27

Class properties with the long data type are properly mapped when adding a new migration (code-first), but ulong data types are skipped by mysql's EF provider. How does one map a property to use mysql's unsigned bigint?

45

Turns out that Entity Framework does not support unsigned data types. For uint columns, one could just store the value in a signed data type with a larger range (that is, a long). What about ulong columns? The common solution couldn't work for me because there is no EF-supported signed data type that can hold a ulong without overflowing.

After a bit of thinking, I figured out a simple solution to this problem: just store the data in the supported long type and cast it to ulong when accessed. You might be thinking: "But wait, ulong's max value > long's max value!" You can still store the bytes of a ulong in a long and then cast it back to ulong when you need it, since both have 8 bytes. This will allow you to save a ulong variable to a database through EF.

// Avoid modifying the following directly.
// Used as a database column only.
public long __MyVariable { get; set; }

// Access/modify this variable instead.
// Tell EF not to map this field to a Db table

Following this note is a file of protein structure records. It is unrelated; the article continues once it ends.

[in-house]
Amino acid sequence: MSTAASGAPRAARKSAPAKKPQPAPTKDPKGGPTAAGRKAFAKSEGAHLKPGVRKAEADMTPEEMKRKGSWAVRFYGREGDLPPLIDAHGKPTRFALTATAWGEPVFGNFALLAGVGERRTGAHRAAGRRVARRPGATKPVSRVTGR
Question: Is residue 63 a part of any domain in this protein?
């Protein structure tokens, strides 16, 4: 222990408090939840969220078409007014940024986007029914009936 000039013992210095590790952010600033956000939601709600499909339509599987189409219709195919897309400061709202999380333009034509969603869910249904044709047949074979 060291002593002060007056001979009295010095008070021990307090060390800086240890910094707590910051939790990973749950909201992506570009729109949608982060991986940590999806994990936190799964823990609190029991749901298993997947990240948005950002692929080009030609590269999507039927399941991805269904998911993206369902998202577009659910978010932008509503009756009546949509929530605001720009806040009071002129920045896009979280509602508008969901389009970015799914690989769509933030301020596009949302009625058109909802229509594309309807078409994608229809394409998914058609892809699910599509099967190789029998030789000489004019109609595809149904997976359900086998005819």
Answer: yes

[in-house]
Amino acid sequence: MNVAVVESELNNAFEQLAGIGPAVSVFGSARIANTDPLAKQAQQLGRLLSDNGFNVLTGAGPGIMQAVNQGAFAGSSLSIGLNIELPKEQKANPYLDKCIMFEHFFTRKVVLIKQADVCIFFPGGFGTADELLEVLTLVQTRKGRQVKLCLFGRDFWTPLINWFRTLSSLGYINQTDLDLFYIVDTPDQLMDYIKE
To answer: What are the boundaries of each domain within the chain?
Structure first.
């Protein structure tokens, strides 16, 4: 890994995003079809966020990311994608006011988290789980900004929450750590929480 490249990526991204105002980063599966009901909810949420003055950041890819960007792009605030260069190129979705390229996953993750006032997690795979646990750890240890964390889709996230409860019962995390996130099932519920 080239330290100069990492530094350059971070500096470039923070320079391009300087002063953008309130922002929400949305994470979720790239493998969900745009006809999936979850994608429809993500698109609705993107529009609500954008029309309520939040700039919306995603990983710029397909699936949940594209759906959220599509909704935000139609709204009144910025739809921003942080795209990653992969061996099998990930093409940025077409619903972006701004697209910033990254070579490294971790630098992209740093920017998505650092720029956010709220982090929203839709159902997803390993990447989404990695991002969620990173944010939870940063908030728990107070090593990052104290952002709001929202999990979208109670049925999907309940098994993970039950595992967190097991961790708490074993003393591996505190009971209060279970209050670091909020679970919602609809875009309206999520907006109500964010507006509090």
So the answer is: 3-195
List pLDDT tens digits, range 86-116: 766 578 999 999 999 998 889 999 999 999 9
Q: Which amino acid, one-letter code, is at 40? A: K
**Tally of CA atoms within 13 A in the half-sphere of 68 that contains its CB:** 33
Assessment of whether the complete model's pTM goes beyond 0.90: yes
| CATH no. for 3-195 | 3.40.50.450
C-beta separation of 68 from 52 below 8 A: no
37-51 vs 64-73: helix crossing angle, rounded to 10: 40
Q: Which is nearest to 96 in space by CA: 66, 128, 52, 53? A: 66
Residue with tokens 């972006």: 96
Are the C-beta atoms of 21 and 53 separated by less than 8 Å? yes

[NotMapped]
public ulong MyVariable
{
    get
    {
        unchecked
        {
            return (ulong)__MyVariable;
        }
    }

    set
    {
        unchecked
        {
            __MyVariable = (long)value;
        }
    }
}

The casting is unchecked to prevent overflow exceptions.

Hope this helps someone.

| improve this answer | |
  • Can you please take a look at stackoverflow.com/questions/41802581/… ? – NetUser101 Jan 23 '17 at 9:49
  • 2
    What if you are trying to work with numbers larger than a long? – Douglas Gaskell Feb 4 '17 at 20:18
  • +1 keyword unchecked. But, why would you be editing at the level of where your auto-generated POCO entities reside such as in EF model first? If you extend them by deriving a new class and type referencing the base property, it is no different than type conversion at this point and your POCOs remain in tact. Arithmetic overflow may be ignored but the result is still truncated. – Latency Mar 13 '18 at 15:12
  • @DouglasGaskell: You work wih the numbers as an ulong. You only store them as a long. They won't make sense in their long version but that doesn't matter since they will always convert back to the precise ulong value they used to be, which means you just have to cast them back when you want to use them. However, you can't do in-database calculations as they will use the 'bad' long value. – Flater Jul 13 at 0:28

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